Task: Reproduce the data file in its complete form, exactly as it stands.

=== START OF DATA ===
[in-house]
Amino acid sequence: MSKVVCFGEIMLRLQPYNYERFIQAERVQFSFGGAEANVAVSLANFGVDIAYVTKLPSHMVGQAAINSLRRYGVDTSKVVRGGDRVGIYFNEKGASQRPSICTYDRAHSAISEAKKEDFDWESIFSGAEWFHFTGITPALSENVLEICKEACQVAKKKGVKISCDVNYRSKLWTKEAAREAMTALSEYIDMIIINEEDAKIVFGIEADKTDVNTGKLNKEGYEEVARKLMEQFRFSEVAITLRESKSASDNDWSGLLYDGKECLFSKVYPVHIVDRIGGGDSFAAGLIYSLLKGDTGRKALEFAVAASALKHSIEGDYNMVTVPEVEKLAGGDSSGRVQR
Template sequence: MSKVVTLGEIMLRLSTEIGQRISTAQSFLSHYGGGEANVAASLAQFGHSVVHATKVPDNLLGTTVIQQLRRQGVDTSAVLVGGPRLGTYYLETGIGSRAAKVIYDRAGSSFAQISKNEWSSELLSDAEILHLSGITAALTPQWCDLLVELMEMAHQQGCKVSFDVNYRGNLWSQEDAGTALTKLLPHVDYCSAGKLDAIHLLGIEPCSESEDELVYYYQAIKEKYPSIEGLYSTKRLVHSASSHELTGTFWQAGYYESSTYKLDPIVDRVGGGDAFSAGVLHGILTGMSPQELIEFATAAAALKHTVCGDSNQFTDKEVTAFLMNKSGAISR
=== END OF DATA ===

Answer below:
[in-house]
Amino acid sequence: MSKVVCFGEIMLRLQPYNYERFIQAERVQFSFGGAEANVAVSLANFGVDIAYVTKLPSHMVGQAAINSLRRYGVDTSKVVRGGDRVGIYFNEKGASQRPSICTYDRAHSAISEAKKEDFDWESIFSGAEWFHFTGITPALSENVLEICKEACQVAKKKGVKISCDVNYRSKLWTKEAAREAMTALSEYIDMIIINEEDAKIVFGIEADKTDVNTGKLNKEGYEEVARKLMEQFRFSEVAITLRESKSASDNDWSGLLYDGKECLFSKVYPVHIVDRIGGGDSFAAGLIYSLLKGDTGRKALEFAVAASALKHSIEGDYNMVTVPEVEKLAGGDSSGRVQR
Template sequence: MSKVVTLGEIMLRLSTEIGQRISTAQSFLSHYGGGEANVAASLAQFGHSVVHATKVPDNLLGTTVIQQLRRQGVDTSAVLVGGPRLGTYYLETGIGSRAAKVIYDRAGSSFAQISKNEWSSELLSDAEILHLSGITAALTPQWCDLLVELMEMAHQQGCKVSFDVNYRGNLWSQEDAGTALTKLLPHVDYCSAGKLDAIHLLGIEPCSESEDELVYYYQAIKEKYPSIEGLYSTKRLVHSASSHELTGTFWQAGYYESSTYKLDPIVDRVGGGDAFSAGVLHGILTGMSPQELIEFATAAAALKHTVCGDSNQFTDKEVTAFLMNKSGAISR